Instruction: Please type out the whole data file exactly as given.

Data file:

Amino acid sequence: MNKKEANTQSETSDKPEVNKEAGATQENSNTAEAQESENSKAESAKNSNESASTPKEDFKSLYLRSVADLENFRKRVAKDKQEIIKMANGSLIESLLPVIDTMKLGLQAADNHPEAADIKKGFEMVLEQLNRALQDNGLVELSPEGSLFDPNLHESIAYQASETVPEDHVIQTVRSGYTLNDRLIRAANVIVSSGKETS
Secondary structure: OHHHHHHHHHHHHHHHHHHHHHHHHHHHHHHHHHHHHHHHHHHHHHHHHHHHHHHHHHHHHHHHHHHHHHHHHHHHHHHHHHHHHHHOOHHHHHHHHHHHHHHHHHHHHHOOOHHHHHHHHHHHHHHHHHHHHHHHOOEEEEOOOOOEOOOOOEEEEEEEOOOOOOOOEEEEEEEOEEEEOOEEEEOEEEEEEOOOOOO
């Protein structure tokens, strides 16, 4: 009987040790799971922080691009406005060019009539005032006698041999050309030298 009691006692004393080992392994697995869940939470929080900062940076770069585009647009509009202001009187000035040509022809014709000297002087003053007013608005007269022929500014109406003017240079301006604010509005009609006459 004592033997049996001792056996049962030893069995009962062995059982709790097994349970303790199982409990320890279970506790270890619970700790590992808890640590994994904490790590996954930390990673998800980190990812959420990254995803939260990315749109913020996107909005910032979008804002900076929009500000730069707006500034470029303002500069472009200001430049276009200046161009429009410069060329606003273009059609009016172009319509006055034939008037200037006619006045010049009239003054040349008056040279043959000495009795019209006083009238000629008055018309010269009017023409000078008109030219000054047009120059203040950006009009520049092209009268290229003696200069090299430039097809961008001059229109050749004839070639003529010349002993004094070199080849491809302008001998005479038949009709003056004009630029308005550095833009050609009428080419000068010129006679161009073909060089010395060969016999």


Amino acid sequence: MNKKEANTQSETSDKPEVNKEAGATQENSNTAEAQESENSKAESAKNSNESASTPKEDFKSLYLRSVADLENFRKRVAKDKQEIIKMANGSLIESLLPVIDTMKLGLQAADNHPEAADIKKGFEMVLEQLNRALQDNGLVELSPEGSLFDPNLHESIAYQASETVPEDHVIQTVRSGYTLNDRLIRAANVIVSSGKETS
Secondary structure: OHHHHHHHHHHHHHHHHHHHHHHHHHHHHHHHHHHHHHHHHHHHHHHHHHHHHHHHHHHHHHHHHHHHHHHHHHHHHHHHHHHHHHHOOHHHHHHHHHHHHHHHHHHHHHOOOHHHHHHHHHHHHHHHHHHHHHHHOOEEEEOOOOOEOOOOOEEEEEEEOOOOOOOOEEEEEEEOEEEEOOEEEEOEEEEEEOOOOOO
């Protein structure tokens, strides 16, 4: 009987040790799971922080691009406005060019009539005032006698041999050309030298 009691006692004393080992392994697995869940939470929080900062940076770069585009647009509009202001009187000035040509022809014709000297002087003053007013608005007269022929500014109406003017240079301006604010509005009609006459 004592033997049996001792056996049962030893069995009962062995059982709790097994349970303790199982409990320890279970506790270890619970700790590992808890640590994994904490790590996954930390990673998800980190990812959420990254995803939260990315749109913020996107909005910032979008804002900076929009500000730069707006500034470029303002500069472009200001430049276009200046161009429009410069060329606003273009059609009016172009319509006055034939008037200037006619006045010049009239003054040349008056040279043959000495009795019209006083009238000629008055018309010269009017023409000078008109030219000054047009120059203040950006009009520049092209009268290229003696200069090299430039097809961008001059229109050749004839070639003529010349002993004094070199080849491809302008001998005479038949009709003056004009630029308005550095833009050609009428080419000068010129006679161009073909060089010395060969016999």